Strategic Agility also calls for withdrawing almost all troops from the locations where they are permanently deployed and instead making rotational deployments to these locations, and most importantly, relying heavily on “expeditionary” capabilities – i.e. projecting military power from the US. Accordingly, they want most troops stationed abroad to be brought back to the States.

Stimson’s Barry Blechman says “We should shift over time from static deployments overseas in an evolutionary way to a more rotational system. Permanent presence in regions like the Middle East is a lightning rod for those who oppose us. It allows them to recruit supporters. It causes problems with local populations.”

But this is true only in the Middle East, where permanently stationed American troops are indeed viewed as occupiers. Nations in the Pacific Rim and in Europe, OTOH, welcome American troops and view them as as guaranteers of their security. This is especially true of Central European countries like Poland and the Czech Republic, two stalwart US allies who have suffered repeated foreign (usually Russian, in Poland’s case) aggression and which continue to be threatened by it. While Iran is threatening to wipe Israel off the map, most Americans don’t know that in 1795 Russia DID actually wipe Poland off the map for 123 years. Putin’s confrontational and aggressive foreign policy is a threat to European security, and only a permanent presence of US troops on Polish soil can reassure America’s Central European allies that they will never again be subjugated by Russia.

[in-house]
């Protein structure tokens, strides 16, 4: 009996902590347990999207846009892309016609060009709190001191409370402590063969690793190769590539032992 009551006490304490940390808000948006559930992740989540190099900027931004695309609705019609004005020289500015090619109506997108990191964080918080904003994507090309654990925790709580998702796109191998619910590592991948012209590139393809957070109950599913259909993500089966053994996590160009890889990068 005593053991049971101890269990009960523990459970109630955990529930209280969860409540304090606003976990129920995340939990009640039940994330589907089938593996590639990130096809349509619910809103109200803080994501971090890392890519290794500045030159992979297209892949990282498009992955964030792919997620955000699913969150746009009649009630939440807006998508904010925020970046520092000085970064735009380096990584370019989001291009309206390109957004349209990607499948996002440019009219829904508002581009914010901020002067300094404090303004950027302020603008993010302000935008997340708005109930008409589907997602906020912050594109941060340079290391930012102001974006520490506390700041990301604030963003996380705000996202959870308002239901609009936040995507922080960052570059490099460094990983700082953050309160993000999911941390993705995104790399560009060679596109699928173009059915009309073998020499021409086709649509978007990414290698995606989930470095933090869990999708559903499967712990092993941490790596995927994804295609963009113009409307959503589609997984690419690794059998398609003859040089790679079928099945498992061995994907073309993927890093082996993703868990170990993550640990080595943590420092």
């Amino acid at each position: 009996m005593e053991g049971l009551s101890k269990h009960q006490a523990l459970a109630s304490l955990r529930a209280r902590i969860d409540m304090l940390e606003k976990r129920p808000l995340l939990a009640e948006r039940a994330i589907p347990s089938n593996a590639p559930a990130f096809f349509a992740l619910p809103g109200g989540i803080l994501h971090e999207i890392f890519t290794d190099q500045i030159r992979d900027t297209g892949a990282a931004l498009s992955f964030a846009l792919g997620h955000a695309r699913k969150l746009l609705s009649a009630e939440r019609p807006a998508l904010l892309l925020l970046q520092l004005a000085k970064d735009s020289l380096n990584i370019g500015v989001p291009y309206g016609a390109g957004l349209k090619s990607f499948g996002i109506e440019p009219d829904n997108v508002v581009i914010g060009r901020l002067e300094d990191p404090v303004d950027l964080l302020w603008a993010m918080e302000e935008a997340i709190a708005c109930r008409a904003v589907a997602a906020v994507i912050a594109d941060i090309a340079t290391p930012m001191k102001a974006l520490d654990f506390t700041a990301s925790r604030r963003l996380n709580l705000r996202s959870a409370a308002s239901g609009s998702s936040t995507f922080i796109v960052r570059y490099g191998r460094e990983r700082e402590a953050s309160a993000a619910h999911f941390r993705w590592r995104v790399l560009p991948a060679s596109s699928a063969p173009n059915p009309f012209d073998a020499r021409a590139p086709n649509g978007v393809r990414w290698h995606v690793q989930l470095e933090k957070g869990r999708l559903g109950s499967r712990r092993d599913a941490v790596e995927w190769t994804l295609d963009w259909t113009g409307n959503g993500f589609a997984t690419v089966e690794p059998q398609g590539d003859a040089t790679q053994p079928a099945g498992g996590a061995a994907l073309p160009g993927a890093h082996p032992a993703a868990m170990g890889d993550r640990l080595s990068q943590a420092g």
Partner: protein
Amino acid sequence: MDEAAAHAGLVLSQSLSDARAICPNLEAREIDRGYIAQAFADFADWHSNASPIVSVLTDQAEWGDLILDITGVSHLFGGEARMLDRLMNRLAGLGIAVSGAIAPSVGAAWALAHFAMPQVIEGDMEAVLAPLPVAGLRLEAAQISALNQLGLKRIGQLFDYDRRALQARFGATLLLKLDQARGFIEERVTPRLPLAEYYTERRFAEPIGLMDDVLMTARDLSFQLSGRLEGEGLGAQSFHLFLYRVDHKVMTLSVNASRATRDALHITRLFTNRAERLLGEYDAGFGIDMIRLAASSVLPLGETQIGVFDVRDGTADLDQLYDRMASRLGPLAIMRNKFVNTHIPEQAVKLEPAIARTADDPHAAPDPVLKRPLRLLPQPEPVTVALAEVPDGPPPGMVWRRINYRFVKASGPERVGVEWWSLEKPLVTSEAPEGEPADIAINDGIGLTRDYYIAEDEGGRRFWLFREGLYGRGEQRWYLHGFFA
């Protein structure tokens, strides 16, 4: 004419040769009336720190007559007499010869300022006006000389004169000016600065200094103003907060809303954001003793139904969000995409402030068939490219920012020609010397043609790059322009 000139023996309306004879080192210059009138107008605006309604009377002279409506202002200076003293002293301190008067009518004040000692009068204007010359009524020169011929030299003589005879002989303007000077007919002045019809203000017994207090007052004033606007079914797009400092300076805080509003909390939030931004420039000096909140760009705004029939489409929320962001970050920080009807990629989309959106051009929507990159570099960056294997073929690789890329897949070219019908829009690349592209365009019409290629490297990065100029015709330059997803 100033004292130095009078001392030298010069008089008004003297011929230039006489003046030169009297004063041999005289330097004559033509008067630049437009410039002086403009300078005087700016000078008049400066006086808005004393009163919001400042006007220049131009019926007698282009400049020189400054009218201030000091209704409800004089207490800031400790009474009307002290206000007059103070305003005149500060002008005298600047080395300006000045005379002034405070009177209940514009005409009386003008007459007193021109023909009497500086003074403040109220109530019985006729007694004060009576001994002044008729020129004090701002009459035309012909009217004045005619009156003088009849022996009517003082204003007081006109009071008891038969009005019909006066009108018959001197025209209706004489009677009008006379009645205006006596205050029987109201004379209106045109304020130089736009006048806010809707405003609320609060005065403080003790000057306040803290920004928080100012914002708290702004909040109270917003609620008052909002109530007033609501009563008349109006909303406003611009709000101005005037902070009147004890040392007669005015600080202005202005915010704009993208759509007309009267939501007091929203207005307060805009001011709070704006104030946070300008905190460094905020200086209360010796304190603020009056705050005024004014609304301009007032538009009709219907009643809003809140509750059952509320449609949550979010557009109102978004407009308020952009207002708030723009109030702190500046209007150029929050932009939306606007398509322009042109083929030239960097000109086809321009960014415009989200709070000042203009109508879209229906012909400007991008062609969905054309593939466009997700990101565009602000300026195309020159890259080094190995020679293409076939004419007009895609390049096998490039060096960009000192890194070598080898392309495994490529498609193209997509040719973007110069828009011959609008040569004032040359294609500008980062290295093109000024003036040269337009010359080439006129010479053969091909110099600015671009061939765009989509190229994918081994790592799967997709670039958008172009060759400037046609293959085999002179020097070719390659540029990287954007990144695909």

Similarly, America’s Pacific Rim allies very much want American troops to be stationed permanently on their soil and, like European allies, view American troops as their defenders, not occupiers. The only country that don’t welcome them are China and North Korea – precisely the aggressors America must defend its allies from. Rotational presence doesn’t reassure allies, nor does it allow the US military to train their militaries and build their capabilities to defend themselves. It is also more costly than bringing the troops home, building new bases for them in the US, and redeploying them rotationally every year or so.